Bedside echo demonstrated anterior and posterior mitral valve leaflets (AMVL/PMVL), thickened by heavy vegetations. His PMVL was prolapsing, with severe mitral regurgitation (MR) causing acute pulmonary oedema.
He was urgently transferred to a cardiothoracic unit and stabilised. His comprehensive echo showed severe MR and moderate-sized mitral vegetations with a possible impact lesion. He eventually underwent mitral valve replacement and thankfully on discharge months later had minimal residual neurological deficit.
2. A male in his 40s presented septic, drowsy, with vague complaints of pain in his R flank and down his R thigh. Examination did not reveal any septic focus relevant to the location of the pain, his urine was clear, and he had no septic focus in his abdominal, vertebrae or soft tissues. He did however have an obvious diastolic murmur, and it was unknown whether this was acute or chronic.
Bedside echo showed severe aortic regurgitation (AR). The LV was not yet significantly dilated, suggesting that the AR was acute. My imaging was sub-optimal, and I did not identify an obvious aortic valve (AV) vegetation - his scan was ‘indeterminate’.
I admitted the patient with heightened suspicion for IE as the primary septic focus. His comprehensive echocardiogram the following day confirmed an AV non-coronary cusp vegetation with acute severe AR.
3. Another male in his 40s presented with a week of fever and heart failure symptoms - orthopnoea and dyspnoea on exertion. He had no known IE risk factors. He was overweight, however otherwise looked reasonably well from the end of the bed. On examination he had bilateral lung crackles, mild peripheral oedema, and a new murmur.
Bedside echo revealed an enormous 22mm aortic valve lesion prolapsing into the LVOT. Considering the size of the lesion he was compensating very well and didn’t appear septic, but was transferred semi-urgently to a tertiary hospital. His comprehensive echocardiogram showed a congenital bicuspid AV (previously undiagnosed) with mild stenosis, and a large mobile echodensity >2cm attached to the the base of the LVOT aspect of the anterior leaflet. There was severe eccentric AR with a pressure half-time (PHT) of 93 ms, and pan-diastolic flow reversal in the aorta.
Some learning points:
1. IE can have a widely variable, non-specific presentation - pain, dyspnoea, sepsis, septic emboli. Bedside echo is a tool which should be used liberally for sick patients, and also when you are uncertain about the cause of a patient’s fever or murmur.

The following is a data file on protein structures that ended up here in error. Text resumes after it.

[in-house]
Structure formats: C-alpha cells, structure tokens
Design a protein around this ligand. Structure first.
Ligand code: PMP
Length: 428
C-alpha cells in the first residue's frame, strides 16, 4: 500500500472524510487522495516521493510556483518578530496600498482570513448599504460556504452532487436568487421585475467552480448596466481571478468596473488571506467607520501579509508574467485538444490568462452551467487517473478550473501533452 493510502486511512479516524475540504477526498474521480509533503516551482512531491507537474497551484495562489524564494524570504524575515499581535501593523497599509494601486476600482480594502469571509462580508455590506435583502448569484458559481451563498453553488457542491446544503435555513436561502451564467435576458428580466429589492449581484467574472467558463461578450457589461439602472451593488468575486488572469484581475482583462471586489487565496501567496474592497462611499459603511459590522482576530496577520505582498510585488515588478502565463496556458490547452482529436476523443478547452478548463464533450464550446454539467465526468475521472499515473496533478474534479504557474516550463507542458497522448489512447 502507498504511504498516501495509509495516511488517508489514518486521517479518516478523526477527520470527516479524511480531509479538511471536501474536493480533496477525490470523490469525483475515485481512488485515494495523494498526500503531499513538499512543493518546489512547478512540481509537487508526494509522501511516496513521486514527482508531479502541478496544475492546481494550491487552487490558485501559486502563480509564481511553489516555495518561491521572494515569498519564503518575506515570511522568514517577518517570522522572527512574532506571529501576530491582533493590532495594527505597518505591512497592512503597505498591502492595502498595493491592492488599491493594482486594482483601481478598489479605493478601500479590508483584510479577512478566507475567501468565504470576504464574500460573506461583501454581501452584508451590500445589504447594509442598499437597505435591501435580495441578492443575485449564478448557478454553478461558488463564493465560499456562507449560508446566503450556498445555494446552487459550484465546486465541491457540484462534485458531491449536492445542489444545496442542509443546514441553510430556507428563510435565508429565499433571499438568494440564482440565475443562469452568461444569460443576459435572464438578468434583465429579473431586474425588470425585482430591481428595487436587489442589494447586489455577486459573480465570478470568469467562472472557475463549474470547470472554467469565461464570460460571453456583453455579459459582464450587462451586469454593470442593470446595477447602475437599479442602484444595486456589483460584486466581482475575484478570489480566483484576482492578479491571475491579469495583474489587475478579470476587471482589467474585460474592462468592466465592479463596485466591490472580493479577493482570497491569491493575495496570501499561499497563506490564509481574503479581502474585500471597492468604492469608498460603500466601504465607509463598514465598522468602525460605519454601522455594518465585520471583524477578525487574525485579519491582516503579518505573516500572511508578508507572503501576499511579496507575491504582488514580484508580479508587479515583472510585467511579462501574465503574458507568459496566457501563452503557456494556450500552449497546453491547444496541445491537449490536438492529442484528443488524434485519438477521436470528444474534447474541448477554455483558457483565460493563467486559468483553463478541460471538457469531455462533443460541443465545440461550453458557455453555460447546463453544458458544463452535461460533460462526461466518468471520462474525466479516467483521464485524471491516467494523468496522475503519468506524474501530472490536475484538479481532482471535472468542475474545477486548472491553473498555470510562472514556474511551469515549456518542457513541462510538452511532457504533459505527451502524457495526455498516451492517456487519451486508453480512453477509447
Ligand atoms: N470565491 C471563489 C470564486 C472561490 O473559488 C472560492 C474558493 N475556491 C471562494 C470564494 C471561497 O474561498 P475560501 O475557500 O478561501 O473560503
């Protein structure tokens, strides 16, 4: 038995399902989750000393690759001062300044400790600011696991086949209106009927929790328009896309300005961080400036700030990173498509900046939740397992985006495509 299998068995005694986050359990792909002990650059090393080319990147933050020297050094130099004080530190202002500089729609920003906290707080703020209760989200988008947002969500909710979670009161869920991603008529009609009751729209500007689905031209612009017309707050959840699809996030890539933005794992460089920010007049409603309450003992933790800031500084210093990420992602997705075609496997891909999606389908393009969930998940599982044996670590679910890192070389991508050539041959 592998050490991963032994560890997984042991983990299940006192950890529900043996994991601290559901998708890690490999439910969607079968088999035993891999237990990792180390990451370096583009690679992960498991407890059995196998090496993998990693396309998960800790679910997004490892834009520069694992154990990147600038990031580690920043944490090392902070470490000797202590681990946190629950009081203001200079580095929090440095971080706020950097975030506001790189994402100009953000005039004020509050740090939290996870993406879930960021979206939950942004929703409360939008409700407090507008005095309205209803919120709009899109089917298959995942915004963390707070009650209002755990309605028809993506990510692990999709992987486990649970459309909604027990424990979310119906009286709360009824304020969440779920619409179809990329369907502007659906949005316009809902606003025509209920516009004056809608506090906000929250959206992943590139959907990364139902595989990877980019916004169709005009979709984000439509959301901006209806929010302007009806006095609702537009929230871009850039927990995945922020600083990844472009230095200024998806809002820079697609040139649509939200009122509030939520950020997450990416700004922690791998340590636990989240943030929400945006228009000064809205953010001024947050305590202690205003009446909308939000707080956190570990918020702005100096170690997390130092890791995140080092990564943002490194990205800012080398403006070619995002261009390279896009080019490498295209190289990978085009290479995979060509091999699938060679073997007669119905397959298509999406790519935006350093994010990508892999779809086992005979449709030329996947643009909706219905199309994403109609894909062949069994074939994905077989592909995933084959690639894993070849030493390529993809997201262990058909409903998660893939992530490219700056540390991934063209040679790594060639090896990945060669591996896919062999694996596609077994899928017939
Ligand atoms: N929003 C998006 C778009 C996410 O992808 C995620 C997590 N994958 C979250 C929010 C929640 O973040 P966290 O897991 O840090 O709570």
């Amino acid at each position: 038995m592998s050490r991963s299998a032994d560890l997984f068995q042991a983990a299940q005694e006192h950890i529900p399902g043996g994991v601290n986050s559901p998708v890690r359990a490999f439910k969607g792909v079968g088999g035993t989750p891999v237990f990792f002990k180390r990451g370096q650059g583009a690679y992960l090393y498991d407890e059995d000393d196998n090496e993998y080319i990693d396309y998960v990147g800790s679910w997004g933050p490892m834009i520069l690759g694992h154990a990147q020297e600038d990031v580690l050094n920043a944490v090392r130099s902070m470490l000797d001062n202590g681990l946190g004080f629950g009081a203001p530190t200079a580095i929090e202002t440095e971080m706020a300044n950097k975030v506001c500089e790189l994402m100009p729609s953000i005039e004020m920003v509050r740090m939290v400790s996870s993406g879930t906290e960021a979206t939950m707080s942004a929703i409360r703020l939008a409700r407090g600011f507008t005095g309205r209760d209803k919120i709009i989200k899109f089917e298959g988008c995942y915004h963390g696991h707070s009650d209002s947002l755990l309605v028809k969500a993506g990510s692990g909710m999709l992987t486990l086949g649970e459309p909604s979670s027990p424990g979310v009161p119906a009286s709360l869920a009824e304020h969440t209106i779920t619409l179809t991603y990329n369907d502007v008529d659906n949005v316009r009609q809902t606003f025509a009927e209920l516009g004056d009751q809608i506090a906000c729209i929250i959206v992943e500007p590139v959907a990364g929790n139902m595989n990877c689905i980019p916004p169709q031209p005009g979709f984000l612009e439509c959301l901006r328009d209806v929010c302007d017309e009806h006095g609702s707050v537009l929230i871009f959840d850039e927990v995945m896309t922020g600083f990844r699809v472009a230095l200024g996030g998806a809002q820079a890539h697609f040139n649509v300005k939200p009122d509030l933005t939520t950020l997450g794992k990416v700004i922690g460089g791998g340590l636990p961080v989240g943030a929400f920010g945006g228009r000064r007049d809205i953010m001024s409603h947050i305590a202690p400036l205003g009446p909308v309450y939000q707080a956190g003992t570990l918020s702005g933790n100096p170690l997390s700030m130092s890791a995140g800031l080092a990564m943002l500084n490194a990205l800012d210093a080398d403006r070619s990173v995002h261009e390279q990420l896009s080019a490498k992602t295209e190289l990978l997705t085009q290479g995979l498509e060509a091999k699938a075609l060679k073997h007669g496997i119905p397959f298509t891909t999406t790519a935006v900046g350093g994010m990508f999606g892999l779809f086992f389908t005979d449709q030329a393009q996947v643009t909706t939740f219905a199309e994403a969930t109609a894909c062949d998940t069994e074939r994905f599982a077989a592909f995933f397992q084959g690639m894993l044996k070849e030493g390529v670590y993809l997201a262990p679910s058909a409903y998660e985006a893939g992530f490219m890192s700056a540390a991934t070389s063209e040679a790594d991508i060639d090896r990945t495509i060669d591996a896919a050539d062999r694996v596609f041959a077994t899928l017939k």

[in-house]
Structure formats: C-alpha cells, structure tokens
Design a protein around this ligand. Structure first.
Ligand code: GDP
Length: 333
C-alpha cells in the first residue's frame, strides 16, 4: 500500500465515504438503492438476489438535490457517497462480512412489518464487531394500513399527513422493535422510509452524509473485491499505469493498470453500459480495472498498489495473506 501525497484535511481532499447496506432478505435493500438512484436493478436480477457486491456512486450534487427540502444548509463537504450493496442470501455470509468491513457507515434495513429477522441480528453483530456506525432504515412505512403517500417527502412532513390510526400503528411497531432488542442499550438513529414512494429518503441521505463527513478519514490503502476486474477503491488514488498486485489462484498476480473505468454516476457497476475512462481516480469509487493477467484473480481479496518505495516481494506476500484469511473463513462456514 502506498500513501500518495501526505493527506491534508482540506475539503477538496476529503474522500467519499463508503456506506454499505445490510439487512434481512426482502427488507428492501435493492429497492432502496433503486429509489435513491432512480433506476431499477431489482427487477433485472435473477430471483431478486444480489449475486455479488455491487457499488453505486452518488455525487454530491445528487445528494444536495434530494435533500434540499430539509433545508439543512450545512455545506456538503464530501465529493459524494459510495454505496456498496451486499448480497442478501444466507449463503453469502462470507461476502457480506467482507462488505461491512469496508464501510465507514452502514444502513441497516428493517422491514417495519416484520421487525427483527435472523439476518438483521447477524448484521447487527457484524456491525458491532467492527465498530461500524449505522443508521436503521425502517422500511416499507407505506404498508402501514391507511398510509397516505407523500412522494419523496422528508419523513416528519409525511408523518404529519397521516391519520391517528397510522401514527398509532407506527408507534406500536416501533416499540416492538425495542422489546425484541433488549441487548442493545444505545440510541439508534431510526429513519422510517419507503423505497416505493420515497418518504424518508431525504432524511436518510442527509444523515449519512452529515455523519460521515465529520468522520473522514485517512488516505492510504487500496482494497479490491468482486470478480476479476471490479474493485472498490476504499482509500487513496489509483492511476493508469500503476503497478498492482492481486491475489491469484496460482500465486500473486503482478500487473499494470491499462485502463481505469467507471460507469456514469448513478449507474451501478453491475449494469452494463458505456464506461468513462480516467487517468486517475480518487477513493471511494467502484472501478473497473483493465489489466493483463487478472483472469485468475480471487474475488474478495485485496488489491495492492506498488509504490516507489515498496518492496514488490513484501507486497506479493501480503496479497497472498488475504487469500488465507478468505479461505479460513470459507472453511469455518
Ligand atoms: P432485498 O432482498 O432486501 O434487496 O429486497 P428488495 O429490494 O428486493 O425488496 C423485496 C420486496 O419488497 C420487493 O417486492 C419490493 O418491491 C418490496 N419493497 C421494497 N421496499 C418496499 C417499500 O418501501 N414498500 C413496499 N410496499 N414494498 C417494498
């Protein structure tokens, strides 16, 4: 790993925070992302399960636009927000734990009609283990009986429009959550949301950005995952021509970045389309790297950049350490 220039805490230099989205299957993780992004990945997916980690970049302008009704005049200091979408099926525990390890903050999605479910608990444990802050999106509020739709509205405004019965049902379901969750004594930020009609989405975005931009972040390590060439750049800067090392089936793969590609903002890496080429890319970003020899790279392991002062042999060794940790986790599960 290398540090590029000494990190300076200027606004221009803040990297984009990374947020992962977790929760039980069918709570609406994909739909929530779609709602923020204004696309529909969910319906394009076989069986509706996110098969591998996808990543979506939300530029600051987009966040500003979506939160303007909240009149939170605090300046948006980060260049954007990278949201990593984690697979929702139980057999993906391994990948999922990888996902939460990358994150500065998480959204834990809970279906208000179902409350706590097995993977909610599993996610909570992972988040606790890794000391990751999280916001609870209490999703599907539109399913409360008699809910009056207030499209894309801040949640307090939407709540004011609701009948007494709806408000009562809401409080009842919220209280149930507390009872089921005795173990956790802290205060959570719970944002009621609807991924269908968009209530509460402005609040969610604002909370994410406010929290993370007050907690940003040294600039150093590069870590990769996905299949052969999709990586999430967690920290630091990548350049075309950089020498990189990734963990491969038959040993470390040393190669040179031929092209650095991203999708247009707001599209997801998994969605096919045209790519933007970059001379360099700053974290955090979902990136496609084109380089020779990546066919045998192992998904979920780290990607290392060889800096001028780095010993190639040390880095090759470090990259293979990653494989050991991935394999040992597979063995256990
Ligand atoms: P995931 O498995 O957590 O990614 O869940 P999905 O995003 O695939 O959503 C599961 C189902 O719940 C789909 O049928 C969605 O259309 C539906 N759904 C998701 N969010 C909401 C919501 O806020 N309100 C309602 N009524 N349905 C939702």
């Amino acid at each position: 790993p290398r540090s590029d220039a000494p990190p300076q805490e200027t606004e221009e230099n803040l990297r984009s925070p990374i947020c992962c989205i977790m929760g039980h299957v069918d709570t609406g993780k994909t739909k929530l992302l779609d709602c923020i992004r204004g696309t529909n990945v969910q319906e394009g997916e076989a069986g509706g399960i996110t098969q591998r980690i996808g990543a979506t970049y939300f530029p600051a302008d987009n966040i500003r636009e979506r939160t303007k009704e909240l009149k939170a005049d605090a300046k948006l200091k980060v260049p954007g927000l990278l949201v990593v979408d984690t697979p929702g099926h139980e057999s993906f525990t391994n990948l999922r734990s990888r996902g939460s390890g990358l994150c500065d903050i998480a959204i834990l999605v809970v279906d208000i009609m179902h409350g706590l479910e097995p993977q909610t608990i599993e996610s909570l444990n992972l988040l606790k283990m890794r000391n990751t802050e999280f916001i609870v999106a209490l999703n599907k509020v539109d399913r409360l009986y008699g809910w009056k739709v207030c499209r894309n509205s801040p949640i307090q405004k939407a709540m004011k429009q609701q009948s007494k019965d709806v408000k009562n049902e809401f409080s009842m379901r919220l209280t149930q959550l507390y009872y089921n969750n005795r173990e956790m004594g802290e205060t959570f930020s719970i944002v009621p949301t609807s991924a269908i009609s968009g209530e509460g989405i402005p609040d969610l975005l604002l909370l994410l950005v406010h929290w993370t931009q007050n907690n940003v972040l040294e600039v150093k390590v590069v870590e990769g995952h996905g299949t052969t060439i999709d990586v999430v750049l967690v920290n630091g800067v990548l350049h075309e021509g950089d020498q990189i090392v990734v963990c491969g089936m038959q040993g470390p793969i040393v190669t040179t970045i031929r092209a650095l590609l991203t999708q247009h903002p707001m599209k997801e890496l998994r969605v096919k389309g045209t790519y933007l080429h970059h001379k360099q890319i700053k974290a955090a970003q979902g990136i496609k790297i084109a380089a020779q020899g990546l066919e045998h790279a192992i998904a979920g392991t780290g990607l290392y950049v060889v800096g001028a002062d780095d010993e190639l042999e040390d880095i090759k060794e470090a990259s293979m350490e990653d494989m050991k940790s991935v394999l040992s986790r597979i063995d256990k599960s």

2. In the ED, we don’t necessarily have to visualise a vegetation to make a provisional diagnosis of IE. If you find secondary signs including regurgitation and pericardial effusion, you might label the study as ‘indeterminate’, with a heightened suspicion for IE.
3. We all know TTE is not highly sensitive for IE. Take this one step further - even a TOE cannot exclude infectious endocarditis! “Vegetations not identified on this study” is as definitive as you’ll see on a TOE report.
4. Next time you’re assigned the painful task of checking your ED’s un-reviewed lab results, keep a close eye out for unexplained staphylococcal, streptococcus viridans (as in case 1), enterococcal and HACEK organisms in blood cultures.
5. Speaking of blood cultures, take those 3 sets over the course of an hour BEFORE giving antibiotics25. If you skip this step in the rush to meet your departmental sepsis guideline, your cardiologists may end up having to use the difficult label of Blood Culture-Negative Infective Endocarditis, and the choice of antibiotic to use long-term may not be optimal.
6. We’ve only discussed native valve endocarditis here - echocardiography for prosthetic valve endocarditis is a massive further leap of complexity! Safest to say that prosthetic valves are a risk factor for IE, and if IE is on the differential your patient needs comprehensive imaging as soon as possible.
To conclude, bedside echo in the emergency department to diagnose IE is not yet considered standard practice. However the POCUS Perfect Storm of decreasing cost, widespread training and technological imaging advances means emergency physicians today have the potential to diagnose and manage this life-threatening condition more rapidly than ever before.
Dr Jonathan Henry
Blogs are written by our EMUGs Team from across Australasia.